VITALOGY.... Vote for Change marks a sharp break with all previous multi-artist social efforts. So far, all such attempts have operated on the basis of morality. Vote for Change is explicitly political. It isn't a tour against the Iraq war--it champions John Kerry, who is in favor of continuing the war. It isn't a tour in favor of better living conditions such as national health care, a decent education, and a living wage--the Democratic Party platform pays no more than lip service to such important, concrete goals. The tour isn't even simply anti-Bush: The funds generated by the tour go to Americans Coming Together, a way of evading campaign finance restrictions to send soft money to the Democrats. No third parties need apply.

In this respect, Vote for Change is a lose-lose proposition for the artists involved. If anybody-but-Bush is elected, the social goals expressed in the music of Bruce Springsteen, Pearl Jam, the Dixie Chicks, and the other artists here will continue being betrayed on January 20, 2005. The lives of the poor, of students, of battered women, of artists themselves will not be improved. If Kerry and Edwards had plans to improve such lives, they'd be shouting them, rather than skulking around the country quietly saying they aren't George W. Bush.

If Bush is re-elected, all signs point to the creation of an effective blacklist the likes of which has not been seen since the Cold War. This time, the targets will not be labeled communist but, far more bluntly, dissenters. Vote for Change artists likely will be among the first targets. If Bush's big media supporters attempted to derail the Chicks career simply for an offhand onstage remark about the President, what does this tour represent except collective treason? 

 We still welcome Vote for Change, and not only because many of the artists in it are old personal and professional friends like Jackson Browne, John Mellencamp, and Bruce Springsteen. The move from taking a moral stance to taking a political one marks an important shift, and a far greater risk than a policy-oriented campaign like Sun City or No Nukes. Although we think that the goal of electing Kerry is unworthy of these artists, there's no doubt in our mind that Vote for Change is the clearest collective expression they could find against the rise of an unapologetic American police state, operating both at home and abroad against the interests of the weakest humans it can find.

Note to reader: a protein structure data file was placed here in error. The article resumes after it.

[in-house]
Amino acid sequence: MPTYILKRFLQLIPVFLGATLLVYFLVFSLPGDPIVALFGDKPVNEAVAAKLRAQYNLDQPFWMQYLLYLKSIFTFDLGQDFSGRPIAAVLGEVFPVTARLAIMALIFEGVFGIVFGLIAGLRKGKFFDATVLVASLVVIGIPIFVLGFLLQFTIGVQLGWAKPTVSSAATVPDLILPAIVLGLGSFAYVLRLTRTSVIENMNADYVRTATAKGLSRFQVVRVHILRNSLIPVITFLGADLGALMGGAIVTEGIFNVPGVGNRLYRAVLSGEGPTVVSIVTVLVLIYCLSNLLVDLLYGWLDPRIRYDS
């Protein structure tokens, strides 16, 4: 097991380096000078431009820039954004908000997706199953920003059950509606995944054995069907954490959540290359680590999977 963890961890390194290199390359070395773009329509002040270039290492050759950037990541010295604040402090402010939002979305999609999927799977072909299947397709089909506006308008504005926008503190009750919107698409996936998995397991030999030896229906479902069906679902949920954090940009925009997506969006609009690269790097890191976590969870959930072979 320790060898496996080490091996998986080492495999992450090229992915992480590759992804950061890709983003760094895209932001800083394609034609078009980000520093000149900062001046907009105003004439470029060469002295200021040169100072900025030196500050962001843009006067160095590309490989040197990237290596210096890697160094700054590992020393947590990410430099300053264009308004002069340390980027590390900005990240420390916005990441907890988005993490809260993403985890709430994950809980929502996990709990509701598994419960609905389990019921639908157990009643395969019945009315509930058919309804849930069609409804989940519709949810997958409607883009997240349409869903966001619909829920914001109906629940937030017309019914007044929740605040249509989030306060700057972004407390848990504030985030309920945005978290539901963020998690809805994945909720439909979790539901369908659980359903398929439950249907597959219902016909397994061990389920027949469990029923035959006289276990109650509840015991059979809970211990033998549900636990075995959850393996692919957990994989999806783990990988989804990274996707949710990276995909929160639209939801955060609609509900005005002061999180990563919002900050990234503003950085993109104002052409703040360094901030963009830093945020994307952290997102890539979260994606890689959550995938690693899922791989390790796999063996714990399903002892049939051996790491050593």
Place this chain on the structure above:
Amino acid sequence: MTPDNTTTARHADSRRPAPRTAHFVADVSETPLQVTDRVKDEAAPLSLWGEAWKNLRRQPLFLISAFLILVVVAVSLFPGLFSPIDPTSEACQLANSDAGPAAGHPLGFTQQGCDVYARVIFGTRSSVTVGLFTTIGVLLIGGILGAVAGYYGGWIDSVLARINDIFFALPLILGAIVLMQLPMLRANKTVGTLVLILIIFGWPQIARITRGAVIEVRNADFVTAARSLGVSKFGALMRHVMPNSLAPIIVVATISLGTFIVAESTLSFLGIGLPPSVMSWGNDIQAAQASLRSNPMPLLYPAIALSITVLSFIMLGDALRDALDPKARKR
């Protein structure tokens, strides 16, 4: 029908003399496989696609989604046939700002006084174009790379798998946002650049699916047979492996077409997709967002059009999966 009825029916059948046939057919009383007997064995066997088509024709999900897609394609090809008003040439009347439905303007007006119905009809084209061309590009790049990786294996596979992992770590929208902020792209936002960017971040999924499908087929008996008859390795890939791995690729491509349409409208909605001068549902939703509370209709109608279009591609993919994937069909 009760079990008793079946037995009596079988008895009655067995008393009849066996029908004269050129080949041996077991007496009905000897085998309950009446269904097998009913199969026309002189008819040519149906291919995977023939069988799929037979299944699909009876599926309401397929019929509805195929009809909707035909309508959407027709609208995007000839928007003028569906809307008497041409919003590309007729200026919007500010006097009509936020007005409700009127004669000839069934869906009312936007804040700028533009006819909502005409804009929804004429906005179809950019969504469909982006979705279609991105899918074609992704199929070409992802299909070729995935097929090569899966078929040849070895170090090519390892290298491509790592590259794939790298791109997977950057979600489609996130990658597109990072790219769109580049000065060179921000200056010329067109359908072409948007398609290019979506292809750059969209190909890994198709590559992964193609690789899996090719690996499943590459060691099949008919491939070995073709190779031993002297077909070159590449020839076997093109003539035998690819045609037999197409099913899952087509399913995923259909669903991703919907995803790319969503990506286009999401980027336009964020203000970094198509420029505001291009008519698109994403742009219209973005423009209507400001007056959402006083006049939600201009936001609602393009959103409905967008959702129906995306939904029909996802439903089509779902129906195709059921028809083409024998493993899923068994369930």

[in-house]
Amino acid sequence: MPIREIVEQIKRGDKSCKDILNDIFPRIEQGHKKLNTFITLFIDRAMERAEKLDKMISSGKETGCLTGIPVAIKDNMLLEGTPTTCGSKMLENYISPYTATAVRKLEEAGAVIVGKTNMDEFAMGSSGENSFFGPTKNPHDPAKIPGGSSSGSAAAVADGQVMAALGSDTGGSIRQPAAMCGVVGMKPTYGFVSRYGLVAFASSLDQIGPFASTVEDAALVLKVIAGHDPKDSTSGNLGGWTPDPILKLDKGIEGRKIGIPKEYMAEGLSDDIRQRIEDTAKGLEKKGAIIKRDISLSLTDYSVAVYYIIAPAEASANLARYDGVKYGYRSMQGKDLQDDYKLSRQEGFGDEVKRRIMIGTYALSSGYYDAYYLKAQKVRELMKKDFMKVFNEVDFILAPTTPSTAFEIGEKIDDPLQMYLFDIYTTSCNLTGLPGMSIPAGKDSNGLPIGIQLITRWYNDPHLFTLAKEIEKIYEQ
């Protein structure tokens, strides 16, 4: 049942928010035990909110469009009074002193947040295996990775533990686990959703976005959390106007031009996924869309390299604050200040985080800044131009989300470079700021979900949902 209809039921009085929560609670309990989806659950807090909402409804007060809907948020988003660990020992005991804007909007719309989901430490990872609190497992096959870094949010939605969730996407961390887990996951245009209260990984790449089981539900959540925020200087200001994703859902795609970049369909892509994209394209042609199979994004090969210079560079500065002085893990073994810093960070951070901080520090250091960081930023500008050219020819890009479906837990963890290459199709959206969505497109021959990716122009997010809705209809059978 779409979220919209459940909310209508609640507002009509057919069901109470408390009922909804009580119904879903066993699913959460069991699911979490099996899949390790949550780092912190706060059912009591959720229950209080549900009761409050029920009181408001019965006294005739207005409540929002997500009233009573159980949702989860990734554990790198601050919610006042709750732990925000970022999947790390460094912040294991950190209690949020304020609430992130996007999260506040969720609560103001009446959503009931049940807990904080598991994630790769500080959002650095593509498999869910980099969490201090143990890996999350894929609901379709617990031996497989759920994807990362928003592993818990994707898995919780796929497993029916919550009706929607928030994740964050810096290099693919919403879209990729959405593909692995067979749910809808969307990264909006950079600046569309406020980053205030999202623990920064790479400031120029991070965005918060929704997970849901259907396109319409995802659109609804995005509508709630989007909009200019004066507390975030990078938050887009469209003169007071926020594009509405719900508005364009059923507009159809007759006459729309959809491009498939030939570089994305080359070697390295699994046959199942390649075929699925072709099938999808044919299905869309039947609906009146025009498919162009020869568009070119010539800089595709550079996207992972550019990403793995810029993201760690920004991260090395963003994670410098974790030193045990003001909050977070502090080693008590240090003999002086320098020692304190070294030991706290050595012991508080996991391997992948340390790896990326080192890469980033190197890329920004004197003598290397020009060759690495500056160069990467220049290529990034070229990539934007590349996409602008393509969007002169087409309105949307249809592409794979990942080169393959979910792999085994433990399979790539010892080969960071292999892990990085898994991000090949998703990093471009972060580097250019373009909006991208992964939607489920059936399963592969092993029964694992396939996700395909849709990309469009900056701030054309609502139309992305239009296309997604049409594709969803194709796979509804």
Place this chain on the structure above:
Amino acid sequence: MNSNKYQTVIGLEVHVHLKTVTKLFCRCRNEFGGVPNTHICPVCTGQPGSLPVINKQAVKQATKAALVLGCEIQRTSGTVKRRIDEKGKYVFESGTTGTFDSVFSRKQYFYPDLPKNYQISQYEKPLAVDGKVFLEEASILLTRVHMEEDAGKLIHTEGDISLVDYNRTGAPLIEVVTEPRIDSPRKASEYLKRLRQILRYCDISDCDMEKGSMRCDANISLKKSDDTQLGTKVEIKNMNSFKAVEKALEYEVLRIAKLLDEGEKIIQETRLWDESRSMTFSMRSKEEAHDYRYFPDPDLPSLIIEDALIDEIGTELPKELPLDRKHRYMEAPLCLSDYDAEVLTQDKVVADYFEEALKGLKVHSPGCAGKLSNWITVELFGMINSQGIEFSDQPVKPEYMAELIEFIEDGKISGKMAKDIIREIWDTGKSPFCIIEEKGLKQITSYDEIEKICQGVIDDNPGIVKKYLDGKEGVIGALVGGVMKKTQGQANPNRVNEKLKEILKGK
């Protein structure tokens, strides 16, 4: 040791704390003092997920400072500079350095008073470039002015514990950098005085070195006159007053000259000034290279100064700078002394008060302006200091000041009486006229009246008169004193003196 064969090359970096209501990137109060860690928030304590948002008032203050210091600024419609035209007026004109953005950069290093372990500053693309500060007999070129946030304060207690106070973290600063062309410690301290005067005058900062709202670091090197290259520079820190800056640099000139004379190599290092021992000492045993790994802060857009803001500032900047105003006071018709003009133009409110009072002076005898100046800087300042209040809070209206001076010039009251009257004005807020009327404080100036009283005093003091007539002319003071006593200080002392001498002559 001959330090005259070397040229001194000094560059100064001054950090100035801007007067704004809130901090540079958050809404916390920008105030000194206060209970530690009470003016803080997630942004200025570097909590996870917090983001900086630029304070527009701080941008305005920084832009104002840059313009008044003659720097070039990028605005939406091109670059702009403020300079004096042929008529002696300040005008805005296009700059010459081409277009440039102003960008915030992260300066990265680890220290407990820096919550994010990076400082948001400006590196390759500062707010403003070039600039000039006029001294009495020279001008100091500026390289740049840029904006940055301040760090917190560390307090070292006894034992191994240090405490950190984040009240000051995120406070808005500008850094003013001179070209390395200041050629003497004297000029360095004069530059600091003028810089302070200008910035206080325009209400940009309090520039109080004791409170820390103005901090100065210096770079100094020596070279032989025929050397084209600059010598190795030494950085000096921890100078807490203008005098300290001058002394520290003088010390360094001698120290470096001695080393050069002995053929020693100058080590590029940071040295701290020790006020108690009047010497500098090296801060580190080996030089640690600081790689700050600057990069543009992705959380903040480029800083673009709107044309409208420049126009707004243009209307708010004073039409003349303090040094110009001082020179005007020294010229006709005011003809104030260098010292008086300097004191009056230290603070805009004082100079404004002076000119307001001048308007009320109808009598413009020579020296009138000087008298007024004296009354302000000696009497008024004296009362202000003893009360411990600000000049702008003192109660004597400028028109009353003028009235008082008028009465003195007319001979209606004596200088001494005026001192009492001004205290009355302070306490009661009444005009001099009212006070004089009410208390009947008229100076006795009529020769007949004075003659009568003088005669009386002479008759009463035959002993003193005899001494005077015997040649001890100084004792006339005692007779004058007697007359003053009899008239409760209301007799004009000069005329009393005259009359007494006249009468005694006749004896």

These artists' movement from moral to political is irrevocable--you can't go back, even if you want to. As the new Administration begins to act against the beliefs of these artists, they will have choices to make about who to side with then--the lesser of two evils or with people who aren't evil at all but are acting politically in mostly non-electoral areas. The Democrats will, one way or another, attempt to stampede them into believing that deserting the party means empowering something worse--but it's increasingly clear that that's nothing but a downbound train.

Those of us who have shaken off the shackles of the Democrats--whether or not we will vote against Bush--have more positive prospects to offer. For instance, the Poor People's Economic Human Rights Campaign, with its worldwide reach, and of the many efforts to achieve a civilized health system that covers everyone, not just a few more of those who "can afford it" as Kerry proposes. At that point, the Vote for Change artists will be handed a ballot of their own, and one way or another, they will choose.
     At best, grassroots campaigns will have important new supporters. At worst, we'll know who our allies aren't. That's a win-win proposition for RRC and those who believe that music can indeed help change the world into something better, not just less evil.


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